Laying a soldier to rest at home, at last

Some 40 family and extended family members of the late Michael K. Holmes gathered for a remembrance ceremony in Clomantagh Church graveyard recently to honour the Johnstown man who lost his life in World War I.

Some 40 family and extended family members of the late Michael K. Holmes gathered for a remembrance ceremony in Clomantagh Church graveyard recently to honour the Johnstown man who lost his life in World War I.

The ceremony included prayers, a playing of Taps and a flag-folding. Members of the American Legion veterans organisation joined the family who had come from Kilkenny and Cork.

Master of ceremonies on the day was Micheal’s nephew Billy Holmes of Johnstown, who was grateful to be able to help Michael to return home at last, with a plaque of remembrance placed on Michael’s parents’ grave.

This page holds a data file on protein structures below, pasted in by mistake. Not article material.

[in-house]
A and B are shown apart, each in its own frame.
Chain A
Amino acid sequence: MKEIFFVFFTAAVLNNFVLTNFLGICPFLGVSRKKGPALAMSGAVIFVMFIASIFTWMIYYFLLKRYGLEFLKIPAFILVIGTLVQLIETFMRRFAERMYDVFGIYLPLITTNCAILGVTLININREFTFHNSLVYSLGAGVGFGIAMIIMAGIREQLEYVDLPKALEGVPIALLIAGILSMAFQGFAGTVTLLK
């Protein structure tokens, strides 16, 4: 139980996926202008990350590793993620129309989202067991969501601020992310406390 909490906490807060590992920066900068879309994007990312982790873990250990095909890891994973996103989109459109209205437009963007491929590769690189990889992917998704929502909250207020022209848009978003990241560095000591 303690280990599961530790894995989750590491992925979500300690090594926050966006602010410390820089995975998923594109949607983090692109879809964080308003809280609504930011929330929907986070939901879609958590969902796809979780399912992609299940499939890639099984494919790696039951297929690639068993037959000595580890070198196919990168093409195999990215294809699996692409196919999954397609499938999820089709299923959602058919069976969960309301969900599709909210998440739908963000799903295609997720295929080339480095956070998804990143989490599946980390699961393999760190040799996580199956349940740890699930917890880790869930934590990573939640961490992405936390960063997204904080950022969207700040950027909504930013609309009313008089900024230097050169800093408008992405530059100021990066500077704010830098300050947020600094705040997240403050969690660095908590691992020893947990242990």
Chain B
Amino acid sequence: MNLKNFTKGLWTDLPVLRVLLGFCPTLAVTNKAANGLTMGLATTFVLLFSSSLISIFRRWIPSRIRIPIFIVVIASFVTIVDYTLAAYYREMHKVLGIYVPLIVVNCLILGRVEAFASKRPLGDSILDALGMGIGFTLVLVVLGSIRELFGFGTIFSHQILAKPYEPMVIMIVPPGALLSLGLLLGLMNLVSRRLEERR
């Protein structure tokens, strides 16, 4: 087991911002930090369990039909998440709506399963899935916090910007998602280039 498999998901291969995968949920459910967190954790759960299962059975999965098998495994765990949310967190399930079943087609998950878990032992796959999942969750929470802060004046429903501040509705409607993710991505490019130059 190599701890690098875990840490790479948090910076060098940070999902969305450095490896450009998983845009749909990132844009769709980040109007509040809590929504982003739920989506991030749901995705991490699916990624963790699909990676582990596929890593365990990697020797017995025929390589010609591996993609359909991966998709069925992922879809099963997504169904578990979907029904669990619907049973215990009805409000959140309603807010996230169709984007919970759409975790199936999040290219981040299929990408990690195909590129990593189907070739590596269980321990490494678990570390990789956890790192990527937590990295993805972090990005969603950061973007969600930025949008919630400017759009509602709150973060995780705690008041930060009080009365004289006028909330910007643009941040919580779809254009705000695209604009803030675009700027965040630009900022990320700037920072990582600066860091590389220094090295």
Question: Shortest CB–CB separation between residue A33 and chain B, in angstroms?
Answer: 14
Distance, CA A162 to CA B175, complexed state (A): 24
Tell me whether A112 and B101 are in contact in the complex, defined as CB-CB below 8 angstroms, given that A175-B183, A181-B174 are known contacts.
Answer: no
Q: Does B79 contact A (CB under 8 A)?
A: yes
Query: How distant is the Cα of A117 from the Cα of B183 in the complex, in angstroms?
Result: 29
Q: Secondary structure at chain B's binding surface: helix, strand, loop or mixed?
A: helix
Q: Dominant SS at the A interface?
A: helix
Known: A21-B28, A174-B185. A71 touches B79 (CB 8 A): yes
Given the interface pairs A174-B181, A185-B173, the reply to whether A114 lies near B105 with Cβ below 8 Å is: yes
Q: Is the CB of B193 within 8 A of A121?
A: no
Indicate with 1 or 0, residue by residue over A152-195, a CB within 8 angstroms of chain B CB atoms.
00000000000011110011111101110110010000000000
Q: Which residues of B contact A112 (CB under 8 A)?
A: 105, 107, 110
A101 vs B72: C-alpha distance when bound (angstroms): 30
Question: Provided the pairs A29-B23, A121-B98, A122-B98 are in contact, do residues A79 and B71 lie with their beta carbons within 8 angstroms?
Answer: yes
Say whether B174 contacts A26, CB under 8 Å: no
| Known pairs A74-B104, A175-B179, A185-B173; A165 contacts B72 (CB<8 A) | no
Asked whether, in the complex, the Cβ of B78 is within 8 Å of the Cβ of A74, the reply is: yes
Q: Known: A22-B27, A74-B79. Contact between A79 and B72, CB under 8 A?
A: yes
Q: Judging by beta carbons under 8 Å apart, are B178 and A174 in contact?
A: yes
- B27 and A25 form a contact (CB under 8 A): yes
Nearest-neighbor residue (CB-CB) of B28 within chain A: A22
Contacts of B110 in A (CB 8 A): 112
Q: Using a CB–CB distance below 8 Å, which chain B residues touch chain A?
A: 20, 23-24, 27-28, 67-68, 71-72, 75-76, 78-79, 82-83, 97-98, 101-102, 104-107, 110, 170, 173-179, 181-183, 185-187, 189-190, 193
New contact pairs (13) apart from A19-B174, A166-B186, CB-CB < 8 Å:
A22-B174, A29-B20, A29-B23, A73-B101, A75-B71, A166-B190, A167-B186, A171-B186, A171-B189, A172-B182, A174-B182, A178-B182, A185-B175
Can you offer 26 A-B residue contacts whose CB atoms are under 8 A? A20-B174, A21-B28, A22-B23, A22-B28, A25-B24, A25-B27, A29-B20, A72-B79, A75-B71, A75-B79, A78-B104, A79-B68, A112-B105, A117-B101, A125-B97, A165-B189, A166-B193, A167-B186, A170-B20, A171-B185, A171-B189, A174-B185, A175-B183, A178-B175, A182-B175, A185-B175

Before a family member carried out research to find out about Michael, Billy said, he knew “only very little (about Michael) because it was a big family and my father was the third youngest. Mick went to America when my father was only a baby.”

Peggy Murray had begun to look into Michael’s story when the 1911 Census information was brought to light a couple of years ago and she realised that she knew very little about the man who was her grand-uncle.

Of the ceremony that they held on October 27 – which was the anniversary of his death – she said: “It was great to meet up on a happy occasion, and it was absolutely lovely to put him to rest at his parents’ grave.” For the family’s younger generations, she said: “They have his story now and maybe they can investigate further.”

Michael had emigrated to Bayonne, New Jersey, and was conscripted into the US Army to fight in the first World War. He was killed just before the Armistice on November 11, 1918, and his body was never recovered.

His family has now brought him home in spirit, however, with the plaque resting at the grave of his parents, William and Margaret.